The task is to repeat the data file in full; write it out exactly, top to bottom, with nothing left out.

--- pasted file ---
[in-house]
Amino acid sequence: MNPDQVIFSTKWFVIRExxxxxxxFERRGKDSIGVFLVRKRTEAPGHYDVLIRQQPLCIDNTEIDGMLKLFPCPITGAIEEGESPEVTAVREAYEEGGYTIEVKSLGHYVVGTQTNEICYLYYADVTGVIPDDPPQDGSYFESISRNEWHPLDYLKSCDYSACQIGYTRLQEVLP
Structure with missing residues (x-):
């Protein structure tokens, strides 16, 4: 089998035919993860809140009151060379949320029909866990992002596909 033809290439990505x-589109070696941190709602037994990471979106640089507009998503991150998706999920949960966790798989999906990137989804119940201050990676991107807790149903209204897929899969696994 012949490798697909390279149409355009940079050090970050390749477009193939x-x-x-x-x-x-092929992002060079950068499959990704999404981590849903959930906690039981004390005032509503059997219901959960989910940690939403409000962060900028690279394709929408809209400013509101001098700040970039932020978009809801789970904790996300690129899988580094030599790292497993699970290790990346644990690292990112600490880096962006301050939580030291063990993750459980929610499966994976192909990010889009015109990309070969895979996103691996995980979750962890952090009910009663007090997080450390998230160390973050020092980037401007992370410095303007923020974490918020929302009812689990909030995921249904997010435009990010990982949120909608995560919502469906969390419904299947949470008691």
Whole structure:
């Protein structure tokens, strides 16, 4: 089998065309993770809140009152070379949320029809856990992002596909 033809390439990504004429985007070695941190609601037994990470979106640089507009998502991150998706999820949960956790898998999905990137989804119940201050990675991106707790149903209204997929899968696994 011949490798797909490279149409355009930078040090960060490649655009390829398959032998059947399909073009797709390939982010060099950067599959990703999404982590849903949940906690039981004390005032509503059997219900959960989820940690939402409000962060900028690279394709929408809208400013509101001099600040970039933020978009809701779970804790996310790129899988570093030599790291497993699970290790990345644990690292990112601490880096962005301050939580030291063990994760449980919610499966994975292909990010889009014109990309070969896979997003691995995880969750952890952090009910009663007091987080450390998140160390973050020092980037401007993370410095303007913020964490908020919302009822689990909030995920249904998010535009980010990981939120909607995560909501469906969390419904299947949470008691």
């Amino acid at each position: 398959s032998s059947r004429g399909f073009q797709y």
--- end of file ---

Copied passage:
[in-house]
Amino acid sequence: MNPDQVIFSTKWFVIRExxxxxxxFERRGKDSIGVFLVRKRTEAPGHYDVLIRQQPLCIDNTEIDGMLKLFPCPITGAIEEGESPEVTAVREAYEEGGYTIEVKSLGHYVVGTQTNEICYLYYADVTGVIPDDPPQDGSYFESISRNEWHPLDYLKSCDYSACQIGYTRLQEVLP
Structure with missing residues (x-):
């Protein structure tokens, strides 16, 4: 089998035919993860809140009151060379949320029909866990992002596909 033809290439990505x-589109070696941190709602037994990471979106640089507009998503991150998706999920949960966790798989999906990137989804119940201050990676991107807790149903209204897929899969696994 012949490798697909390279149409355009940079050090970050390749477009193939x-x-x-x-x-x-092929992002060079950068499959990704999404981590849903959930906690039981004390005032509503059997219901959960989910940690939403409000962060900028690279394709929408809209400013509101001098700040970039932020978009809801789970904790996300690129899988580094030599790292497993699970290790990346644990690292990112600490880096962006301050939580030291063990993750459980929610499966994976192909990010889009015109990309070969895979996103691996995980979750962890952090009910009663007090997080450390998230160390973050020092980037401007992370410095303007923020974490918020929302009812689990909030995921249904997010435009990010990982949120909608995560919502469906969390419904299947949470008691």
Whole structure:
């Protein structure tokens, strides 16, 4: 089998065309993770809140009152070379949320029809856990992002596909 033809390439990504004429985007070695941190609601037994990470979106640089507009998502991150998706999820949960956790898998999905990137989804119940201050990675991106707790149903209204997929899968696994 011949490798797909490279149409355009930078040090960060490649655009390829398959032998059947399909073009797709390939982010060099950067599959990703999404982590849903949940906690039981004390005032509503059997219900959960989820940690939402409000962060900028690279394709929408809208400013509101001099600040970039933020978009809701779970804790996310790129899988570093030599790291497993699970290790990345644990690292990112601490880096962005301050939580030291063990994760449980919610499966994975292909990010889009014109990309070969896979997003691995995880969750952890952090009910009663007091987080450390998140160390973050020092980037401007993370410095303007913020964490908020919302009822689990909030995920249904998010535009980010990981939120909607995560909501469906969390419904299947949470008691």
């Amino acid at each position: 398959s032998s059947r004429g399909f073009q797709y």